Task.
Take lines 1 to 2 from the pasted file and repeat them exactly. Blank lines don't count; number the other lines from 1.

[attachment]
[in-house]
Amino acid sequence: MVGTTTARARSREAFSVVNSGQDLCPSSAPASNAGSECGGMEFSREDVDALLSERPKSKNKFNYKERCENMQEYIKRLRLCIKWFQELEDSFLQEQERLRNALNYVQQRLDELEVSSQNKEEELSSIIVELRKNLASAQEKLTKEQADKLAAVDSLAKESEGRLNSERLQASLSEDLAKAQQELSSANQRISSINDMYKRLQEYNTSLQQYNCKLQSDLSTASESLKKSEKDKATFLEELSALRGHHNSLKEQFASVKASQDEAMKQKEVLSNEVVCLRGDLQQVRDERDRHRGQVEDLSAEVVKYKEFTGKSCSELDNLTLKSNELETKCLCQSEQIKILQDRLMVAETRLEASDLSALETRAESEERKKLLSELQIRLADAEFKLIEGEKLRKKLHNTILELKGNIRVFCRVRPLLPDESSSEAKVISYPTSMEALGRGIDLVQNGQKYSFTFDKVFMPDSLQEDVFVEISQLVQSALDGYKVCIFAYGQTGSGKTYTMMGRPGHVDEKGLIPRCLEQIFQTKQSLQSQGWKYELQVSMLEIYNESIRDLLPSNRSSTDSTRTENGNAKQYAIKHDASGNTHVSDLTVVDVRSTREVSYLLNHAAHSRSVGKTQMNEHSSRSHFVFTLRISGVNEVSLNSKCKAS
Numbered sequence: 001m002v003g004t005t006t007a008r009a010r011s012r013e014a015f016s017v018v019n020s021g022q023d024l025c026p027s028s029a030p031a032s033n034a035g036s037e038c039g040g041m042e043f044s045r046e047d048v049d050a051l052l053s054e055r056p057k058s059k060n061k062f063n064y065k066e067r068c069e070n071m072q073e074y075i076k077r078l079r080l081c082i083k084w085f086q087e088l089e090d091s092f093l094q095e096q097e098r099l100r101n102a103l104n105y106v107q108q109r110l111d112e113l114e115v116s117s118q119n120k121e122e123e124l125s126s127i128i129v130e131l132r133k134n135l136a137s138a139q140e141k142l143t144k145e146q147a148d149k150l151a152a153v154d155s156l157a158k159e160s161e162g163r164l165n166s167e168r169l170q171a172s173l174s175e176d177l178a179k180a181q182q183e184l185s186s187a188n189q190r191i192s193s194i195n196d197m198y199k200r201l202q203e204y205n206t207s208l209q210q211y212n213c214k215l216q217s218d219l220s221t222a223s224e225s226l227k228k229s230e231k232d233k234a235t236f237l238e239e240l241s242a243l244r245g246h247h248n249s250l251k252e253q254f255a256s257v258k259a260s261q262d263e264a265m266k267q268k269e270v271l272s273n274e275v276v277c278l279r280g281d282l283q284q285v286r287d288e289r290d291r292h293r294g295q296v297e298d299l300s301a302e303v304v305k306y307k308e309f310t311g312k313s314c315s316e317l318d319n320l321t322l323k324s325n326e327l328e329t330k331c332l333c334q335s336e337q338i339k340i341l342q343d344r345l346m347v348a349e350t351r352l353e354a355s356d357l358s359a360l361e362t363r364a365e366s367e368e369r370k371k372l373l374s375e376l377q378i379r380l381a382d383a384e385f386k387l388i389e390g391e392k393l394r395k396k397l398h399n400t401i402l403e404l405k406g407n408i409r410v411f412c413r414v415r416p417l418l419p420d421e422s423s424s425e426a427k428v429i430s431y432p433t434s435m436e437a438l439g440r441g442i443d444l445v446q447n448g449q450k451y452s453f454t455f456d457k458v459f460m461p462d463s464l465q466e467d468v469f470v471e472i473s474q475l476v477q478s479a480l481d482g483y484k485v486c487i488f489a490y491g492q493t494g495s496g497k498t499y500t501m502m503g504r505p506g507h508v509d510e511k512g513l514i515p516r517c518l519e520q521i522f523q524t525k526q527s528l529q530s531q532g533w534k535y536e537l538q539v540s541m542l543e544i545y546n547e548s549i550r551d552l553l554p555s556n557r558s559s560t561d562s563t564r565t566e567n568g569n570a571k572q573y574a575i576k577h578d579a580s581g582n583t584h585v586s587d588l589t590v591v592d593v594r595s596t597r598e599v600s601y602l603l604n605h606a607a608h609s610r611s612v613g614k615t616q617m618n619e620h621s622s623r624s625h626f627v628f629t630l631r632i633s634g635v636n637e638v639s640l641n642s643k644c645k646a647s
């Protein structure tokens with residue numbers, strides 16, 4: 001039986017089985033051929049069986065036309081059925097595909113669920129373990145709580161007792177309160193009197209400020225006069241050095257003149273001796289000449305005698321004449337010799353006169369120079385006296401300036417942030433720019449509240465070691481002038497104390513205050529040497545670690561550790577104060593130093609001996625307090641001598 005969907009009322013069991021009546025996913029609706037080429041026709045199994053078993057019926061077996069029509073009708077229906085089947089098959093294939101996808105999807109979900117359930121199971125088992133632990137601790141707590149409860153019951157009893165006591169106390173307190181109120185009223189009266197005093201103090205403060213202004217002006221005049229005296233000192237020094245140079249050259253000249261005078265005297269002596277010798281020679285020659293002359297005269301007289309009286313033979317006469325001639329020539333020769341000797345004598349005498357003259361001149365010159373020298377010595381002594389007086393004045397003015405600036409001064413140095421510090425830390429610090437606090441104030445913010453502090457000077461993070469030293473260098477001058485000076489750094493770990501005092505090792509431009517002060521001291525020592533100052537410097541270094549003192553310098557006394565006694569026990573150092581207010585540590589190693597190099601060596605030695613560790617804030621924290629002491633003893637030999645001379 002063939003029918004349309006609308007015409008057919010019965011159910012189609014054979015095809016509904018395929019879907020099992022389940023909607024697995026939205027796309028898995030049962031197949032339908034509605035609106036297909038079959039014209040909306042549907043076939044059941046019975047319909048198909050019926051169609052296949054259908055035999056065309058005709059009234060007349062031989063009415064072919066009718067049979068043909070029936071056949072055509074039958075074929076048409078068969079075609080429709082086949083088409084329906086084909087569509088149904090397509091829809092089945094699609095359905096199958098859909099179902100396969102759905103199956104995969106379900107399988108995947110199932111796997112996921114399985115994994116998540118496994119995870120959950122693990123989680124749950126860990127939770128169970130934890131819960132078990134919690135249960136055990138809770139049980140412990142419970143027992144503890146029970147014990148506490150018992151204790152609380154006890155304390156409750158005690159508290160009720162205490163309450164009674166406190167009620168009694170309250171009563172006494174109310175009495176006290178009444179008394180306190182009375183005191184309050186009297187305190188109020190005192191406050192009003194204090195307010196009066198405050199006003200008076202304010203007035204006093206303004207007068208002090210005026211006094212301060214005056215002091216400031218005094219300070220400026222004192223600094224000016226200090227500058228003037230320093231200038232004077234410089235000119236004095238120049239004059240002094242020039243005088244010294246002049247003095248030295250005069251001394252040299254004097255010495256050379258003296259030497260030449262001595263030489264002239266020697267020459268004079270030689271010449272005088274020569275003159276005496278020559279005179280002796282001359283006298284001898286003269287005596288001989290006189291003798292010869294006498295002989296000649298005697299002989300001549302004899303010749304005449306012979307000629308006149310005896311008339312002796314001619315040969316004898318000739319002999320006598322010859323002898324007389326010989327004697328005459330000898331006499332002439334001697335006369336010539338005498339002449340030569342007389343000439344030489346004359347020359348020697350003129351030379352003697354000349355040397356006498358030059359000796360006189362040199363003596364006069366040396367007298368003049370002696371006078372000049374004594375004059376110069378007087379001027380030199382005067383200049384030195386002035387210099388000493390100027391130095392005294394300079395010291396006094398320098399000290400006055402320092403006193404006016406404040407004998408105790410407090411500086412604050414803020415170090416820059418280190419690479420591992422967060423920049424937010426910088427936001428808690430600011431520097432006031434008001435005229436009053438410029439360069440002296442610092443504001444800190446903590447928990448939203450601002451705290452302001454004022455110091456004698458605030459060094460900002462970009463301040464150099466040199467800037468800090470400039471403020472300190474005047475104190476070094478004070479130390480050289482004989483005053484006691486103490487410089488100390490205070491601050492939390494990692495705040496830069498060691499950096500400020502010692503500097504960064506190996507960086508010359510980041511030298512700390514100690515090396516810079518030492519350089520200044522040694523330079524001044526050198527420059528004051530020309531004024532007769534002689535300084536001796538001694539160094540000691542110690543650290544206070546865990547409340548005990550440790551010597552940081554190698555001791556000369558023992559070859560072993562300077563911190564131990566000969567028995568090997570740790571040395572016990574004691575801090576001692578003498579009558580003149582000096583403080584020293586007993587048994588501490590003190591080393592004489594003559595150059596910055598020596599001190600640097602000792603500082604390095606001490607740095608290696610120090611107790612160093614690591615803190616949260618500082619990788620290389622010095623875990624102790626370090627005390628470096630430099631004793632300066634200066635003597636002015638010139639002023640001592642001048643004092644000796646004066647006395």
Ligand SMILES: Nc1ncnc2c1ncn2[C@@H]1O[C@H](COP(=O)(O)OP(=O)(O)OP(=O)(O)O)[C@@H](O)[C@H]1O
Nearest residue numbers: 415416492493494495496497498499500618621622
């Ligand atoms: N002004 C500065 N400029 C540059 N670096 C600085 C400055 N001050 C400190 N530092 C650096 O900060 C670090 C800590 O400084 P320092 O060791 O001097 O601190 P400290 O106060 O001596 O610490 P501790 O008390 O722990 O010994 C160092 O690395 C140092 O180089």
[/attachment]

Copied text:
[in-house]
Amino acid sequence: MVGTTTARARSREAFSVVNSGQDLCPSSAPASNAGSECGGMEFSREDVDALLSERPKSKNKFNYKERCENMQEYIKRLRLCIKWFQELEDSFLQEQERLRNALNYVQQRLDELEVSSQNKEEELSSIIVELRKNLASAQEKLTKEQADKLAAVDSLAKESEGRLNSERLQASLSEDLAKAQQELSSANQRISSINDMYKRLQEYNTSLQQYNCKLQSDLSTASESLKKSEKDKATFLEELSALRGHHNSLKEQFASVKASQDEAMKQKEVLSNEVVCLRGDLQQVRDERDRHRGQVEDLSAEVVKYKEFTGKSCSELDNLTLKSNELETKCLCQSEQIKILQDRLMVAETRLEASDLSALETRAESEERKKLLSELQIRLADAEFKLIEGEKLRKKLHNTILELKGNIRVFCRVRPLLPDESSSEAKVISYPTSMEALGRGIDLVQNGQKYSFTFDKVFMPDSLQEDVFVEISQLVQSALDGYKVCIFAYGQTGSGKTYTMMGRPGHVDEKGLIPRCLEQIFQTKQSLQSQGWKYELQVSMLEIYNESIRDLLPSNRSSTDSTRTENGNAKQYAIKHDASGNTHVSDLTVVDVRSTREVSYLLNHAAHSRSVGKTQMNEHSSRSHFVFTLRISGVNEVSLNSKCKAS